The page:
Press Release: 2019-04-23
Commonwealth Celebrates Earth Day with Milestone in Climate Change Planning Program, Local Dam Removal Project
PLYMOUTH — The Baker-Polito Administration today awarded $725,000 to 27 communities to complete climate change vulnerability assessments and develop resiliency plans through the Municipal Vulnerability Preparedness (MVP) program, bringing the number of communities in the program to 184, or half of all Massachusetts municipalities. The grant and designation program, which builds on Governor Baker’s Executive Order 569 as well as other administration-led state and local partnerships, provides communities with technical support, climate change data and planning tools to identify hazards and develop strategies to improve resilience. This is the third round of the program’s planning grants, and the funding round will remain open until May 4, 2019 on a first-come, first-serve basis. Governor Charlie Baker made the announcement at an event celebrating the removal of the Holmes Dam in Plymouth and highlighting the Administration’s efforts to combat and mitigate the impacts of climate change.
“As we celebrate Earth Day, we are proud to announce that half of Massachusetts’ communities have partnered with the Commonwealth through the Municipal Vulnerability Preparedness program to take action and fund projects to prepare for climate resiliency,” said Governor Charlie Baker. “We look forward to working with our colleagues in the Legislature to continue the Commonwealth’s leadership on climate change through our proposal to provide $1.3 billion over ten years to local resiliency projects that will protect vital infrastructure.”
“Today’s milestone highlights the success of the administration’s innovative MVP program and continued work to address resiliency and climate change at the local and state level,” said Lieutenant Governor Karyn Polito. “Thank you to the 184 cities and towns across Massachusetts that are working hand-in-hand with our administration to implement nature-based, cost-effective solutions to build resiliency and safeguard the Commonwealth’s residents, businesses and infrastructure.
This funding is part of the largest release of climate change resilience funding for Massachusetts communities in state history, as the Baker-Polito Administration recently announced the availability of $10 million for the MVP Program. Through this program, municipalities work through a community-based workshop process to identify key climate-related hazards, vulnerabilities and strengths, develop adaptation actions, and prioritize next steps. Results of the workshops and planning efforts inform existing local plans, grant applications, and policies, such as local hazard mitigation plans. Communities are then eligible for MVP Action Grant funding to implement priority on-the-ground projects.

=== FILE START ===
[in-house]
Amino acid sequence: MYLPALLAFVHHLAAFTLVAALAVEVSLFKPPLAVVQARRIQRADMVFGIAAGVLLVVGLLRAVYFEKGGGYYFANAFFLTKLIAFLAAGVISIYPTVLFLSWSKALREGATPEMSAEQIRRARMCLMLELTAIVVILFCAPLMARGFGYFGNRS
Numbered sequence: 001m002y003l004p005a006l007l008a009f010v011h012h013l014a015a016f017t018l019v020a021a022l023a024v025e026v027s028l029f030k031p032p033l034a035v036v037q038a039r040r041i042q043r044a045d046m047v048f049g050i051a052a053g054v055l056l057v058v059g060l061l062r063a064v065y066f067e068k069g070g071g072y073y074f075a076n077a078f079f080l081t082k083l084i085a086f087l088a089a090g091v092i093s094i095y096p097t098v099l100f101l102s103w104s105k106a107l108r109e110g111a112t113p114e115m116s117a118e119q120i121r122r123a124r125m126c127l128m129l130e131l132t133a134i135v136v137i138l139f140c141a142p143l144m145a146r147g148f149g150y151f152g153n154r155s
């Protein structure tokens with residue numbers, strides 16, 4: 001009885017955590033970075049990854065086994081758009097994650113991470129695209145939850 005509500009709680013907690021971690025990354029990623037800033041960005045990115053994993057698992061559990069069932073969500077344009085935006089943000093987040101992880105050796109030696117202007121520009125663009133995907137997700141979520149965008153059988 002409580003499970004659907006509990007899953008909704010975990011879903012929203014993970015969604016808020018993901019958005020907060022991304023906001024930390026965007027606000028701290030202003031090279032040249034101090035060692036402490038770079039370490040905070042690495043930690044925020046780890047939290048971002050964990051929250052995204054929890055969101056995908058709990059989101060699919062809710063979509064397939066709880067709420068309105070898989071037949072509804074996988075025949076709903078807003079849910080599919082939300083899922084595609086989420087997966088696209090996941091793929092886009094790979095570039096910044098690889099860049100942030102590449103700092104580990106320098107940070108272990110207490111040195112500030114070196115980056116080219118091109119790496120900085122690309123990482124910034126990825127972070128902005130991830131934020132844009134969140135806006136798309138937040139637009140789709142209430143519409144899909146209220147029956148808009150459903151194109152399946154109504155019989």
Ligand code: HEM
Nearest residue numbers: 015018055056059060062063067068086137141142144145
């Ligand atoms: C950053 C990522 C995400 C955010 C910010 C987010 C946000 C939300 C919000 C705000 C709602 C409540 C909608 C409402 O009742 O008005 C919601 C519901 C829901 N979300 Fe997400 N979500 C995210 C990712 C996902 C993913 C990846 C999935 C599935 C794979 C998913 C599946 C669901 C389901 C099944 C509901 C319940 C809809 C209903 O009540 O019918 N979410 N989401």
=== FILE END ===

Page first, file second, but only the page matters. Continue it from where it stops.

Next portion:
“The continued growth of the MVP Program demonstrates communities’ interest and readiness to address the growing challenge of climate change,” said Energy and Environmental Affairs Secretary Matthew Beaton. “We are eager to work with all cities and towns across the Commonwealth to identify their priority resilience actions and get those projects off the ground.”
The following communities will receive funding to complete the MVP planning process in 2019:
The 184 MVP-designated municipalities are eligible for MVP Action Grants to implement on-the-ground projects identified through the planning process to build the community’s resilience to climate change impacts. Projects are focused on proactive strategies to address climate change impacts and include retrofitting and adapting infrastructure, detailed vulnerability assessments or design and engineering studies, stormwater upgrades, dam retrofits and removals, culvert upgrades, drought mitigation, actions to protect environmental justice communities and improve public health, energy resilience, and strategies that focus on implementing nature-based solutions such as wetland restoration and floodplain protection. Communities are eligible for up to $2 million per project to address ongoing climate change impacts like sea level rise, inland flooding, storms, and extreme temperatures.